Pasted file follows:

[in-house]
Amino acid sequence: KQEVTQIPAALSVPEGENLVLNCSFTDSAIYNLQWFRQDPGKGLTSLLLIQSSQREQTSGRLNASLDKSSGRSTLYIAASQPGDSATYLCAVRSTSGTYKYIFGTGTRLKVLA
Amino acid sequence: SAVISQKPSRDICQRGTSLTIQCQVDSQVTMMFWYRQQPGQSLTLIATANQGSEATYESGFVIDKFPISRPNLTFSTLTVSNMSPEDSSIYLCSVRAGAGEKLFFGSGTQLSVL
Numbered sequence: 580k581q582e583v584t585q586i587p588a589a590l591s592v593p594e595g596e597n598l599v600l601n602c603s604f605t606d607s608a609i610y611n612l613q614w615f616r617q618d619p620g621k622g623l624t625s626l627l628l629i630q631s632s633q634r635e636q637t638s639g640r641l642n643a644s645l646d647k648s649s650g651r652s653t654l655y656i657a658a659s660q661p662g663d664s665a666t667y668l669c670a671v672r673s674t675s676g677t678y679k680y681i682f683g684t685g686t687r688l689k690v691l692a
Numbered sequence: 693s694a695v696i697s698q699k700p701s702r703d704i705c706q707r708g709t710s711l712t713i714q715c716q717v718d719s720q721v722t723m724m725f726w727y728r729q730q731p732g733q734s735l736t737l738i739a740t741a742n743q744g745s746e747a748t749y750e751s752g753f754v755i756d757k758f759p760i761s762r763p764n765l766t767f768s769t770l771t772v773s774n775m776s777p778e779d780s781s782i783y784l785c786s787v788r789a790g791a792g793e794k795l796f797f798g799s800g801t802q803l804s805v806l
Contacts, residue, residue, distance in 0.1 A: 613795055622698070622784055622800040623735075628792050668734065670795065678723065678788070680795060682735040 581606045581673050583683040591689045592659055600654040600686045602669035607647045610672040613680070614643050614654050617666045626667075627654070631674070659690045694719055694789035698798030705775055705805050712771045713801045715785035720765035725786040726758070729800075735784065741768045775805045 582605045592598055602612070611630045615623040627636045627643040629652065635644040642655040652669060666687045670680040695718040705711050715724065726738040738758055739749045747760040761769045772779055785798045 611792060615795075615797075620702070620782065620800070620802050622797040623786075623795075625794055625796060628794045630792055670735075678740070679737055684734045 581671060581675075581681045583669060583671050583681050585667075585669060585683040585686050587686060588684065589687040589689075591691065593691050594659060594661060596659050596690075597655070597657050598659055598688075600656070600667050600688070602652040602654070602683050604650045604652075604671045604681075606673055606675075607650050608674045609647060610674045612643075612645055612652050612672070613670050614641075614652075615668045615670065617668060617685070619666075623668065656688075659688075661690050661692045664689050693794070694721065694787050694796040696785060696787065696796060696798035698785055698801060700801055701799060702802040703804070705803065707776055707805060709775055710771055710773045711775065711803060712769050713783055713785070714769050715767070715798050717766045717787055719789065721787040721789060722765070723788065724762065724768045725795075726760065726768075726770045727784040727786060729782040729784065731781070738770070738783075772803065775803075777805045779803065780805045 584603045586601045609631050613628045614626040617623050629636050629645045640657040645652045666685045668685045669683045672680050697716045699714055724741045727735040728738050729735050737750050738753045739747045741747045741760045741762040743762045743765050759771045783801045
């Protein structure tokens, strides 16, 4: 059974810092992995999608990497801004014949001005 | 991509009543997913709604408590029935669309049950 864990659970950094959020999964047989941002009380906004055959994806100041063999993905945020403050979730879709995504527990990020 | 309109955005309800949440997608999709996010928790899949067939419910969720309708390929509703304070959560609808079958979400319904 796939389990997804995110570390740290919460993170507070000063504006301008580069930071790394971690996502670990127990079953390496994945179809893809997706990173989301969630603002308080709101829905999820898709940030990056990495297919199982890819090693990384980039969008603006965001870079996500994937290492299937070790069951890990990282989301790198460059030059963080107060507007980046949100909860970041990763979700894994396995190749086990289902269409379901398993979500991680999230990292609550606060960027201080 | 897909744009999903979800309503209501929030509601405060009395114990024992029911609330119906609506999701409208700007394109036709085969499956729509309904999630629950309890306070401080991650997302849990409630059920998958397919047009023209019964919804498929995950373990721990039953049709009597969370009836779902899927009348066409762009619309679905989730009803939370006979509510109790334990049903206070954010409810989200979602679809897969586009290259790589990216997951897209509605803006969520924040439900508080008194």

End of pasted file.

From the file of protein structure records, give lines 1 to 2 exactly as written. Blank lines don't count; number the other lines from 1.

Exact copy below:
[in-house]
Amino acid sequence: KQEVTQIPAALSVPEGENLVLNCSFTDSAIYNLQWFRQDPGKGLTSLLLIQSSQREQTSGRLNASLDKSSGRSTLYIAASQPGDSATYLCAVRSTSGTYKYIFGTGTRLKVLA